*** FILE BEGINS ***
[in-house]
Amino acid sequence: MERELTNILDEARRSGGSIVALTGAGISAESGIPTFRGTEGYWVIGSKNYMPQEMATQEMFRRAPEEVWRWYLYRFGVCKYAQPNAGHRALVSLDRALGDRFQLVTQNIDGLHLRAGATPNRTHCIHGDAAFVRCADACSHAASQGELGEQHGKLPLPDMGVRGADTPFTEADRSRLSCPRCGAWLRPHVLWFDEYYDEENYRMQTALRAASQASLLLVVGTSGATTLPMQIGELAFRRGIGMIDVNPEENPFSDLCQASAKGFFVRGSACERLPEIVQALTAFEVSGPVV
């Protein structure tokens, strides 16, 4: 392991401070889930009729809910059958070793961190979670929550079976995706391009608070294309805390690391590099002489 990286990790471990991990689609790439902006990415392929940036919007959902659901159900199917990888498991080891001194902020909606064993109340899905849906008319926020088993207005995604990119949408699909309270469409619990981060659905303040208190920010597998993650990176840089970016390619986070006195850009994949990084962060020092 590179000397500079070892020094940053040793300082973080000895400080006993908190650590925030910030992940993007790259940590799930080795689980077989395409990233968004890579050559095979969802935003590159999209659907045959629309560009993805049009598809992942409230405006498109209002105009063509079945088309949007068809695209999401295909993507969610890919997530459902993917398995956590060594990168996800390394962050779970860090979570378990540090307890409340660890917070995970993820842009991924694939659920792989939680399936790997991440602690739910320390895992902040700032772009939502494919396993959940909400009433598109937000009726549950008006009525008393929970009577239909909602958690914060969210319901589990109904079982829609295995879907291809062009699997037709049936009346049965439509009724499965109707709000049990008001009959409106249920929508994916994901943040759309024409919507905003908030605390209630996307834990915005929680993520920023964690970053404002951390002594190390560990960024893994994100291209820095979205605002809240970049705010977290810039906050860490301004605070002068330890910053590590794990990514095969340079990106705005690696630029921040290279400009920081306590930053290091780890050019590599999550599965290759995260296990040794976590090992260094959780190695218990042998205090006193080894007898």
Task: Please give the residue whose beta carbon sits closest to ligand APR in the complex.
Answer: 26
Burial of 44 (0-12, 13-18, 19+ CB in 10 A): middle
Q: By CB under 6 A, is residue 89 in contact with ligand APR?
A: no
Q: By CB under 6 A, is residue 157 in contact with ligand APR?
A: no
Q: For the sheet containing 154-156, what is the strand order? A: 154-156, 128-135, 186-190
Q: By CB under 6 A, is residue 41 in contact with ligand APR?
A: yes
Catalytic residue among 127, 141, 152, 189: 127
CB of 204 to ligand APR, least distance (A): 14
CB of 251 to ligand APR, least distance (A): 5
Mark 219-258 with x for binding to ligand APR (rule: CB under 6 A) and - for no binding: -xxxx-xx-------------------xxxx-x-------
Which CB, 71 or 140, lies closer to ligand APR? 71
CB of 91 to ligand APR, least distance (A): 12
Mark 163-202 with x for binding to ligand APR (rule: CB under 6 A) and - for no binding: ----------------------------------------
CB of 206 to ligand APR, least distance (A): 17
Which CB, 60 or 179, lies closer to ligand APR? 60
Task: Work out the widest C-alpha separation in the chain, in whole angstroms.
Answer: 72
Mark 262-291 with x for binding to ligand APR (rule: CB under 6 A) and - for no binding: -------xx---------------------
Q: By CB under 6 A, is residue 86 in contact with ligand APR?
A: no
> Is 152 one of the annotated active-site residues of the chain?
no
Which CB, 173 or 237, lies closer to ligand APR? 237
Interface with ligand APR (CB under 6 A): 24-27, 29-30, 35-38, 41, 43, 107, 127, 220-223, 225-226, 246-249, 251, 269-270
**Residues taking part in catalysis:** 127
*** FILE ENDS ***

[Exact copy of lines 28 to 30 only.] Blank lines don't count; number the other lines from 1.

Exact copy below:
> Is 152 one of the annotated active-site residues of the chain?
no
Which CB, 173 or 237, lies closer to ligand APR? 237